Risk adjustment, reinsurance and the controversial risk corridor program may not be enough to protect consumer operated and oriented health plans (CO-OPs) from the consequences of rapid growth, according to a recent report from the Robert Wood Johnson Foundation (RWJF).
"The organizations face considerable financial, actuarial and operational challenges in achieving both the scale and operating margins needed to be financially viable and meet the goals of the [Affordable Care Act]," wrote Scott Harrington, a professor at the University of Pennsylvania's Wharton School.
In total, the CO-OPs reported $164 million in risk corridor recoveries and $90 million in risk-adjustment recoveries, compared to nearly $1.4 billion in reported premiums, according to the report. All told, the CO-OPs averaged an underwriting loss of $17 for every $100 in premiums collected.
Maine Community Health Options was the only CO-OP to turn a profit in its first year, Harrington said in an interview with Wharton Business Radio. At the other end of the spectrum, Iowa CoOportunity Health was liquidated, as FierceHealthPayer previously reported.
At its height, Iowa CoOportunity Health had more than 90,000 members in Iowa and Nebraska. But its membership was much larger and sicker than anticipated, and the CO-OP simply couldn't pay its bills. Harrington's report noted that the CO-OP posted an operating loss of $45.7 million in the first 10 months of 2014 and did not expect to see its $125.6 million in risk-sharing money until the second half of 2015.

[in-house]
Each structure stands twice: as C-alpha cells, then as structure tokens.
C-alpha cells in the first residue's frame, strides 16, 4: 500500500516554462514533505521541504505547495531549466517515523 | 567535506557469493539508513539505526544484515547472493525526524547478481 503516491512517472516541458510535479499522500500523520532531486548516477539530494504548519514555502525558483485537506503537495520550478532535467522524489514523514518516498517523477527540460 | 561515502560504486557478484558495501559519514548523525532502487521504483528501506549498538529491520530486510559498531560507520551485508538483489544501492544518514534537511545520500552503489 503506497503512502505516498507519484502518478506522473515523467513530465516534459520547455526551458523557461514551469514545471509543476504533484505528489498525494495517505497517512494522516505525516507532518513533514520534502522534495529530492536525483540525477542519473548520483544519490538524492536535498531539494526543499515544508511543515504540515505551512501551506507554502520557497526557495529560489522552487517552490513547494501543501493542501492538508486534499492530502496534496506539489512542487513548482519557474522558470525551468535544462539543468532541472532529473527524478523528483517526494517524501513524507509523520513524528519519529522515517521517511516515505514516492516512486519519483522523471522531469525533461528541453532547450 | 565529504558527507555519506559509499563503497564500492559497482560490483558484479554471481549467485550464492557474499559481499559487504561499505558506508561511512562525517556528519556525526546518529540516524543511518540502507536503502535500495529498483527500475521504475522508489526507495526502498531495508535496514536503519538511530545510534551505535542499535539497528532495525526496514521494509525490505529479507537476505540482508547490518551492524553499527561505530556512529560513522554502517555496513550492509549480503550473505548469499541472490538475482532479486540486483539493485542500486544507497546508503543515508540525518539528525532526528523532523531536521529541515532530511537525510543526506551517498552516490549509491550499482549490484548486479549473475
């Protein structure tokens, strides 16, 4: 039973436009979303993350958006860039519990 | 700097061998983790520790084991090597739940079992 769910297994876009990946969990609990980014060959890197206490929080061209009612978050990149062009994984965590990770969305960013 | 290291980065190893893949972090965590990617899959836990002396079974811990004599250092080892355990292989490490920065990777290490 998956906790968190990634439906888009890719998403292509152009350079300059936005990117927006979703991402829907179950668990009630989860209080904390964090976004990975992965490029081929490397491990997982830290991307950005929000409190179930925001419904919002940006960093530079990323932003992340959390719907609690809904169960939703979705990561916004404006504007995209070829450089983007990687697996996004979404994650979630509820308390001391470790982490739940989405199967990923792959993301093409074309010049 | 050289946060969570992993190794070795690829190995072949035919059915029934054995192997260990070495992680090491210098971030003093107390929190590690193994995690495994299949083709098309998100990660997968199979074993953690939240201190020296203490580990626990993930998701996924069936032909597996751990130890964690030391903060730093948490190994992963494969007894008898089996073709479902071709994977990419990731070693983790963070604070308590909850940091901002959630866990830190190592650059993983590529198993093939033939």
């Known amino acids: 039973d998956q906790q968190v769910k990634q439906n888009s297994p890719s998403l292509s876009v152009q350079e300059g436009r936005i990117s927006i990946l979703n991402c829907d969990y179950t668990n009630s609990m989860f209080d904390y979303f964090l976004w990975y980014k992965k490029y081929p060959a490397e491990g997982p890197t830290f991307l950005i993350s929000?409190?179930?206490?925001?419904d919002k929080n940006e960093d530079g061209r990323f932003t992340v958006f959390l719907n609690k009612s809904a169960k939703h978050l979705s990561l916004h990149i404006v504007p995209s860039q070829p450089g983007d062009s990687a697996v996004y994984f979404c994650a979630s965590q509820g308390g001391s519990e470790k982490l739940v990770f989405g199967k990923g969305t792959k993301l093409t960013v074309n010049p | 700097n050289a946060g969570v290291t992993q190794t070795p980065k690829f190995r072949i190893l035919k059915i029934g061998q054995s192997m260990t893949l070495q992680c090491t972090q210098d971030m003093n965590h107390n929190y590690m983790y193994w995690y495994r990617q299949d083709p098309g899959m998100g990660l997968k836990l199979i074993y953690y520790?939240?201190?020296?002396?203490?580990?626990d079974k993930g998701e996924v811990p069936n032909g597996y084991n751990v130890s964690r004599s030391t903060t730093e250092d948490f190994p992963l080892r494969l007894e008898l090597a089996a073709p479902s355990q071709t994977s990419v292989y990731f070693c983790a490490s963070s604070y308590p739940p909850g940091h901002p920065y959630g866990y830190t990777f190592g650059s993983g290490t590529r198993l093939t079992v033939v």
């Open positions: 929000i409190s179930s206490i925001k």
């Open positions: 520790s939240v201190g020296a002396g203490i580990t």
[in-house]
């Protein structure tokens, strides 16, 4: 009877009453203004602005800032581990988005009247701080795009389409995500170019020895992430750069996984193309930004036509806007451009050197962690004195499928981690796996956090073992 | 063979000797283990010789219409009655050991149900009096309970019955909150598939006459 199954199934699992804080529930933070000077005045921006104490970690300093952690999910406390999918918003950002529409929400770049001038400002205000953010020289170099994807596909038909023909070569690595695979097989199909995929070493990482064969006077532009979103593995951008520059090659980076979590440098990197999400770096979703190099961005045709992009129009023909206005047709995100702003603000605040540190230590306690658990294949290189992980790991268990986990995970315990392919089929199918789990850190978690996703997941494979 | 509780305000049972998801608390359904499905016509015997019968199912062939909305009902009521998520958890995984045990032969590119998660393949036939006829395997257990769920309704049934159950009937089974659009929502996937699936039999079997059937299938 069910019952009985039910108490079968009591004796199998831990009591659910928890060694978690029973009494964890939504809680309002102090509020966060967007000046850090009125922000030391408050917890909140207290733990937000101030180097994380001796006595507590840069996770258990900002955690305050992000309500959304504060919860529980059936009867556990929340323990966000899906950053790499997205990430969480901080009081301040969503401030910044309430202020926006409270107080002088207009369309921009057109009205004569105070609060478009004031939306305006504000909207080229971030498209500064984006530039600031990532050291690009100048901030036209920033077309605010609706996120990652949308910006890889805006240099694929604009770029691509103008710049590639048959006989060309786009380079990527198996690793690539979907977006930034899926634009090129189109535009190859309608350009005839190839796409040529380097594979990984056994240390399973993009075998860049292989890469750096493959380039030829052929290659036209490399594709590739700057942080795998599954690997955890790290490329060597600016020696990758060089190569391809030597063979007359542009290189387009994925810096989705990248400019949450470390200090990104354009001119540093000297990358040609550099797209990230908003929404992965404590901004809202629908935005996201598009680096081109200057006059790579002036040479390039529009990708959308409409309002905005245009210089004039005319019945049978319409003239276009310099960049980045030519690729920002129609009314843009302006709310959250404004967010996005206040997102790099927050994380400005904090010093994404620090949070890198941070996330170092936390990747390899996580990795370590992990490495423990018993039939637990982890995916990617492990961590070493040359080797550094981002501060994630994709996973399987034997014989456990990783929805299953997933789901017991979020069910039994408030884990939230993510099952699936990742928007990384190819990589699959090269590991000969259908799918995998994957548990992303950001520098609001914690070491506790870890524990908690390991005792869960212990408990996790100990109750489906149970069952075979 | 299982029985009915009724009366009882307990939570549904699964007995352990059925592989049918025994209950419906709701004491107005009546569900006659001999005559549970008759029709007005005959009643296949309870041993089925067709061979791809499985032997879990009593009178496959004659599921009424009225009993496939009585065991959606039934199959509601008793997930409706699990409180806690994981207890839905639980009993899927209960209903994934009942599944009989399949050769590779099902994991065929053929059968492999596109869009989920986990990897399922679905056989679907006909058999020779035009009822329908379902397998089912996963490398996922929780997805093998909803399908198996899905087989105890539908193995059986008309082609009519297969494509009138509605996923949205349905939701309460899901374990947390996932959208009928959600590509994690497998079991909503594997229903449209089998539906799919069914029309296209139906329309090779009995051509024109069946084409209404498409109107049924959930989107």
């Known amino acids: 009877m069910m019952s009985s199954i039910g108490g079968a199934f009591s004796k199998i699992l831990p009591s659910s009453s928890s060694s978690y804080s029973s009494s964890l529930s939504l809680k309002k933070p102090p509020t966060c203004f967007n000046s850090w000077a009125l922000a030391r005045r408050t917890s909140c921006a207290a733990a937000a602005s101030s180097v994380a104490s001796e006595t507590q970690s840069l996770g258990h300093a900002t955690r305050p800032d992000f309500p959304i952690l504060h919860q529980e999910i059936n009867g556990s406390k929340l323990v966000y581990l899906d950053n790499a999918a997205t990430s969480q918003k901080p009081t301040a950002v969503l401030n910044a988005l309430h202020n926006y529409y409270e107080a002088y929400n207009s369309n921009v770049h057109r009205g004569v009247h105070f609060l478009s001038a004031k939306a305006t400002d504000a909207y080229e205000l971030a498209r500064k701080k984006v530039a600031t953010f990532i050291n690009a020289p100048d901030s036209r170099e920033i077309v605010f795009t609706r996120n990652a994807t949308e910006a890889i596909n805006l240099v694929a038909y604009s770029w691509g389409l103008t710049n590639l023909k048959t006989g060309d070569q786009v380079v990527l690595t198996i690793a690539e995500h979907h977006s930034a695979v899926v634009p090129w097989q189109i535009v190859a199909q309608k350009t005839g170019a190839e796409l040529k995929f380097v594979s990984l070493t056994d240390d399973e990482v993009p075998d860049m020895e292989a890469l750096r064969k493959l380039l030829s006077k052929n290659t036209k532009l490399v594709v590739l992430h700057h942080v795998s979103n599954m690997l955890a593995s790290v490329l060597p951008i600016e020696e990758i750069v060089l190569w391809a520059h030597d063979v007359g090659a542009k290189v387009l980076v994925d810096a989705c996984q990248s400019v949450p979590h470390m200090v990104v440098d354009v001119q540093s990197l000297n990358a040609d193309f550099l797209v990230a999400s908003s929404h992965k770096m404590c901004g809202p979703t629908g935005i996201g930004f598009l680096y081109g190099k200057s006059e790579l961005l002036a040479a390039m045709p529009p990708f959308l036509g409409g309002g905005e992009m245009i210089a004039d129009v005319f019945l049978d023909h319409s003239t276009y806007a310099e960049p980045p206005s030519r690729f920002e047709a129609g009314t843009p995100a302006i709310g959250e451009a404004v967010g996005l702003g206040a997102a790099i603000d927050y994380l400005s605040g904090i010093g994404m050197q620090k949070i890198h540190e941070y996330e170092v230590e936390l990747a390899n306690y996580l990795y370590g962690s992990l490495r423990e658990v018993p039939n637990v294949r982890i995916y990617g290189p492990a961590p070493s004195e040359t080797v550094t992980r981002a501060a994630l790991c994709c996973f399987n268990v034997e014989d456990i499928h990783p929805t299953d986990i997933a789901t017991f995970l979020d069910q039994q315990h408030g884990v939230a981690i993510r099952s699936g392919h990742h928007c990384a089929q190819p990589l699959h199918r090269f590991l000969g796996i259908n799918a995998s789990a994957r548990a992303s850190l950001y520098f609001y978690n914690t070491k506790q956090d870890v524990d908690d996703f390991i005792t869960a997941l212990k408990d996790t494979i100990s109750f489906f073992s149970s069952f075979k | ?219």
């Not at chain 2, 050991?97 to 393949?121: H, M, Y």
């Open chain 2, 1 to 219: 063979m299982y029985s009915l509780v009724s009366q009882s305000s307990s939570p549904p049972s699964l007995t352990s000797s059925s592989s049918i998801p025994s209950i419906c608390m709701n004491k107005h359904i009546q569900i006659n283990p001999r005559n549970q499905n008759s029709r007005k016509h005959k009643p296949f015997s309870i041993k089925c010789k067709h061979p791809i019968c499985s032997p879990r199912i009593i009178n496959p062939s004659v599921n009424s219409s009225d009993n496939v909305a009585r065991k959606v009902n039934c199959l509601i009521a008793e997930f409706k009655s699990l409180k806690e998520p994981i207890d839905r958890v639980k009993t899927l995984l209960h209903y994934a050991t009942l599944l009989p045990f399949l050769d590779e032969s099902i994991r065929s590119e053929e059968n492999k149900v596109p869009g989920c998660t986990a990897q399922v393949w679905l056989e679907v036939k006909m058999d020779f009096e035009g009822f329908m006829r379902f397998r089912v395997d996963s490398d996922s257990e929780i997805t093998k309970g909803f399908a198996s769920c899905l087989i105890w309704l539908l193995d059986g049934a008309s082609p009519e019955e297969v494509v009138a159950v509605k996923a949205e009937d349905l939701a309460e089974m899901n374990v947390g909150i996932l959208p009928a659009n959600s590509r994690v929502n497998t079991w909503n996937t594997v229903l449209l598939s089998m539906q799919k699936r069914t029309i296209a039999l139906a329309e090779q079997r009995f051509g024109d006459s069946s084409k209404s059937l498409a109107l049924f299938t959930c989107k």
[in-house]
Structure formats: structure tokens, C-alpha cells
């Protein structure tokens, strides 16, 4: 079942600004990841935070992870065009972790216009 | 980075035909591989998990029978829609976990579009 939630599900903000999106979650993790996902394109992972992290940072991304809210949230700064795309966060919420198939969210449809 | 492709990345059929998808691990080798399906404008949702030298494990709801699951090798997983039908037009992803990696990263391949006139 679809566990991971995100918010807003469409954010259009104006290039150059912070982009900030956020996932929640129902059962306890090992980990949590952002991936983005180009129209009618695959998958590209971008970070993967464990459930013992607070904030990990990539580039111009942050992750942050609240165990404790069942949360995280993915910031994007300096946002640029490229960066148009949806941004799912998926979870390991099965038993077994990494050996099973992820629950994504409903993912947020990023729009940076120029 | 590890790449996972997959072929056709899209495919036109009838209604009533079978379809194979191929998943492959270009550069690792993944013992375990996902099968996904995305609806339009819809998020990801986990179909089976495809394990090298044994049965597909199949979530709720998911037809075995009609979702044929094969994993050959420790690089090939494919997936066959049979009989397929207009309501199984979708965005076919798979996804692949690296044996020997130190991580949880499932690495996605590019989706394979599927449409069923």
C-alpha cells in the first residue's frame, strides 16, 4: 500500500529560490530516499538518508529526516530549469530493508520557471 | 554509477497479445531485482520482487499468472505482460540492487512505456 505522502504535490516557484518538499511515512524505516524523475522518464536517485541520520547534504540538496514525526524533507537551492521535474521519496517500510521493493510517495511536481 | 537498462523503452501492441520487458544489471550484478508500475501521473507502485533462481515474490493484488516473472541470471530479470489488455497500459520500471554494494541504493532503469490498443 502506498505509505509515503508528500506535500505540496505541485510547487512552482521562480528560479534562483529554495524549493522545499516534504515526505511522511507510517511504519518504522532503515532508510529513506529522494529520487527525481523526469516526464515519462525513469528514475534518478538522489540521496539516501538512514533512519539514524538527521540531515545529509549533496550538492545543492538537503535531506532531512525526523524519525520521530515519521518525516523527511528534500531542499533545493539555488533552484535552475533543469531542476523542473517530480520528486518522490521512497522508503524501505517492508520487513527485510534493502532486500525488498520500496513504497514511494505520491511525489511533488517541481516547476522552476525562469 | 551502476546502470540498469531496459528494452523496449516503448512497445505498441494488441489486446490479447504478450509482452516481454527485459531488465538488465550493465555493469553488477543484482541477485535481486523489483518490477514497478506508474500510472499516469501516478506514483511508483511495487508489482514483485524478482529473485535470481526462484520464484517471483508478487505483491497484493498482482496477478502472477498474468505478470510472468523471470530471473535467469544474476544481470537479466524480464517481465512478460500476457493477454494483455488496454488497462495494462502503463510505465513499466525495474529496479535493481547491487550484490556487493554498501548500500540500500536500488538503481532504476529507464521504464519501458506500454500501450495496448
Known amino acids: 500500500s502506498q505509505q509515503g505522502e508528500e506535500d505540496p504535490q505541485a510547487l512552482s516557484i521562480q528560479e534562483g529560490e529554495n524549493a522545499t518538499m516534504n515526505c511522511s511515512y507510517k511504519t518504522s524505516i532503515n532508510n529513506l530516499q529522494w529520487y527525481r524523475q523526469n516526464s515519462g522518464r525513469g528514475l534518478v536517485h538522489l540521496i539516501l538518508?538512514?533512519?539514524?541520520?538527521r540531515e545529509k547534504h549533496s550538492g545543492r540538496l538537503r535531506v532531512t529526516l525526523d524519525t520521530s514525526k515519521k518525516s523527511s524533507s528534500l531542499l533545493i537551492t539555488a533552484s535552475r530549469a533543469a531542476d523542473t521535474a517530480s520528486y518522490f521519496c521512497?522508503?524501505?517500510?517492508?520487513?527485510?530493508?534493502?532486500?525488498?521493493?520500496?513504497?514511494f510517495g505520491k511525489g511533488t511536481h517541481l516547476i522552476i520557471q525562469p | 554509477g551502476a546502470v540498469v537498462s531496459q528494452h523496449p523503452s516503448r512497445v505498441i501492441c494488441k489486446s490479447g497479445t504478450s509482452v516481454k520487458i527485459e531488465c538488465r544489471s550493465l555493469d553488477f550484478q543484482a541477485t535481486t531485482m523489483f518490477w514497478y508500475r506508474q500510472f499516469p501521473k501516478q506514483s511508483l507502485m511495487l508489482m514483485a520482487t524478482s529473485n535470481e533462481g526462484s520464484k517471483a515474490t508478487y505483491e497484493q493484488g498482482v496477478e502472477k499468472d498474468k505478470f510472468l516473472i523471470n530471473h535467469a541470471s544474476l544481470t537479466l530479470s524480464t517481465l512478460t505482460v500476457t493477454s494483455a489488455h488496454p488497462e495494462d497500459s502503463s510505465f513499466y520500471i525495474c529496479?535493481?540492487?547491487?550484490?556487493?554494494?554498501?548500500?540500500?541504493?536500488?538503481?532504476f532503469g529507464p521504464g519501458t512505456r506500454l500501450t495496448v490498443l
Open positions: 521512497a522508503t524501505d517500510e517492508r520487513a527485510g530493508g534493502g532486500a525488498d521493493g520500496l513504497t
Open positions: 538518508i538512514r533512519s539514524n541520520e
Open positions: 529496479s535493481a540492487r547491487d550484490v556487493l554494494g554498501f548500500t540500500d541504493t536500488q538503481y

Now, fewer than 14,000 members in CoOportunity remain, according to LifeHealthPro. Guaranty associations in Iowa and Nebraska must pay about $80 million in outstanding claims, the article said.
The CoOportunity Health example illustrates the "challenges and the potential consequences of rapid growth in conjunction with unfavorable claims experience, despite protection provided by the risk adjustment, reinsurance, and risk corridor programs," Harrington wrote in his report.
Another report from insurance rating firm A.M. Best also questioned the financial viability of CO-OPs, noting that the organizations will need several years to operate before the industry can measure their true success or failure.
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